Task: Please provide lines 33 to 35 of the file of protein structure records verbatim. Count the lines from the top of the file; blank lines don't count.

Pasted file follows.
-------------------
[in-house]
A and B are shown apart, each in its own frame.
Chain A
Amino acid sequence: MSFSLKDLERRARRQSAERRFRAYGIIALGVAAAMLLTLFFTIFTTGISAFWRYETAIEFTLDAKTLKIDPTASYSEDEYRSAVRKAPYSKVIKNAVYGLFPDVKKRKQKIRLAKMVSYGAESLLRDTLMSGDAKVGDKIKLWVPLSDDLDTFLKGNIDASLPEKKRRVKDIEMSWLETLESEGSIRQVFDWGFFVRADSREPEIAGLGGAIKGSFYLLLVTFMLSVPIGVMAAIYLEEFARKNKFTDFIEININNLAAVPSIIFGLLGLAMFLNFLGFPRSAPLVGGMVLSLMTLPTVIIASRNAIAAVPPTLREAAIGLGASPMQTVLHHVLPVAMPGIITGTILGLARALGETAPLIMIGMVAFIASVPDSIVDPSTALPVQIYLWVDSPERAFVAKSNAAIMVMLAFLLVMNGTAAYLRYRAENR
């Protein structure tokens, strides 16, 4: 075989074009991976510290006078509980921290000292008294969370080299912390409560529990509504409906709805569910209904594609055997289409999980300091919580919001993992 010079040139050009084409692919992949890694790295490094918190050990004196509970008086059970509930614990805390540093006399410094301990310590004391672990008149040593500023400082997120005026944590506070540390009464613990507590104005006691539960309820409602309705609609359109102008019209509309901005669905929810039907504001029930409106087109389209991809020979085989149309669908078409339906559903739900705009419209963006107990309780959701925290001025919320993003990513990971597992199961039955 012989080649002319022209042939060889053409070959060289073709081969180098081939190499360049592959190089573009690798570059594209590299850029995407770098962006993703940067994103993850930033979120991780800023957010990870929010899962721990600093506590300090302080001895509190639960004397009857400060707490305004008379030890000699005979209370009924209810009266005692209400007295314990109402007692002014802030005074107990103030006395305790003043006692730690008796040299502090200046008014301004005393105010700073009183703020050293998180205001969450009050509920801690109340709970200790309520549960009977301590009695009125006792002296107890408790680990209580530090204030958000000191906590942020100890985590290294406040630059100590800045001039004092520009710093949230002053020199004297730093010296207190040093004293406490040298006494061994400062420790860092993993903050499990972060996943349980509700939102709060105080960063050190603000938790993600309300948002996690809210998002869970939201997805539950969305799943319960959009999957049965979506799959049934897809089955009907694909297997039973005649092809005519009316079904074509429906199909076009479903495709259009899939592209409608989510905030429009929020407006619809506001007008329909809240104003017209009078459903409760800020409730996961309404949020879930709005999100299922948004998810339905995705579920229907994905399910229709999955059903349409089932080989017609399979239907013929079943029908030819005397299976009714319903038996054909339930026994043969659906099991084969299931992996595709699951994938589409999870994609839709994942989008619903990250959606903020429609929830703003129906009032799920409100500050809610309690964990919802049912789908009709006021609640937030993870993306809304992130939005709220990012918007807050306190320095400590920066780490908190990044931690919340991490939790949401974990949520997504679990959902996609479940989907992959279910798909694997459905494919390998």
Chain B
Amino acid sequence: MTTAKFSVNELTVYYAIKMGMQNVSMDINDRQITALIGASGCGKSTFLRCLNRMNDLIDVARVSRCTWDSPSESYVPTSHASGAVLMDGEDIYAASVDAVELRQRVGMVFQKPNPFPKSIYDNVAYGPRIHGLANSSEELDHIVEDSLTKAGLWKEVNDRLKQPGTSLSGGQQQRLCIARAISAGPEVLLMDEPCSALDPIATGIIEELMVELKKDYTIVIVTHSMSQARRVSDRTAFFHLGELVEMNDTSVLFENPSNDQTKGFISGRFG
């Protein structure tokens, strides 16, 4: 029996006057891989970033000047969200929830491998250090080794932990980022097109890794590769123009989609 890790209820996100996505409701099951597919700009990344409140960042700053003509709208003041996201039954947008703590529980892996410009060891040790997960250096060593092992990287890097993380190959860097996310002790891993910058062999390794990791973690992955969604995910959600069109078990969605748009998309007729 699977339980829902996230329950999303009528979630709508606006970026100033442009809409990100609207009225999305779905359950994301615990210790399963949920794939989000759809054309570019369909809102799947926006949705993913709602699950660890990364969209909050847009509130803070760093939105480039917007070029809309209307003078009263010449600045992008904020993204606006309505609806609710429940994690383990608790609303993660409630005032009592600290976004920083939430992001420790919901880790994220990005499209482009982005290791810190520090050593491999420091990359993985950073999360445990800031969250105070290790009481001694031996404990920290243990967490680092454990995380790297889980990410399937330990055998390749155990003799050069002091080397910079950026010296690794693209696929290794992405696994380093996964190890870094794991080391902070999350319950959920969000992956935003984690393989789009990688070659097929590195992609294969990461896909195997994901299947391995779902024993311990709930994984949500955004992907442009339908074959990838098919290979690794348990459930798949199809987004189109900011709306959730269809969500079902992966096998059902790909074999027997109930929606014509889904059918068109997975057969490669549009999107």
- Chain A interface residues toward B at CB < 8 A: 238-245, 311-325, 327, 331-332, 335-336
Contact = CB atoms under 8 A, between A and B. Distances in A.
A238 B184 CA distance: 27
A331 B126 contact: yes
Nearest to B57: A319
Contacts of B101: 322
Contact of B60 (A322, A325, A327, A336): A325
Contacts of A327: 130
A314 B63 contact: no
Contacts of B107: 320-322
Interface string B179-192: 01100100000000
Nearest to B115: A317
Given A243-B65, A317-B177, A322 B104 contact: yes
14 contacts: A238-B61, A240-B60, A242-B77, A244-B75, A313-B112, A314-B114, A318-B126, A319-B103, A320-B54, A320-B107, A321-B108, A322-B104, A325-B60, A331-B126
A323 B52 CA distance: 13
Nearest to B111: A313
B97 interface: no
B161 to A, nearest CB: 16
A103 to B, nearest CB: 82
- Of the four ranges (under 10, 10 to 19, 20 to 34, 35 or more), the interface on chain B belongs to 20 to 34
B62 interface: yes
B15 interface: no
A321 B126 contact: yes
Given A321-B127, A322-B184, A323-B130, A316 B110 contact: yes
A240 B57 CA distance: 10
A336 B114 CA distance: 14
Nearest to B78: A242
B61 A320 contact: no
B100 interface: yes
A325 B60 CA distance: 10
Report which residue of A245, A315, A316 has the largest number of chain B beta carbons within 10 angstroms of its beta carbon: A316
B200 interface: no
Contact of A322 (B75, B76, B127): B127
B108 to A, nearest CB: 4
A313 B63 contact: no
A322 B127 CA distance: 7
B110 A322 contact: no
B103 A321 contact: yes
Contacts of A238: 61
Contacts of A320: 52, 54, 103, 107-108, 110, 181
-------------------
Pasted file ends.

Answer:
A240 B57 CA distance: 10
A336 B114 CA distance: 14
Nearest to B78: A242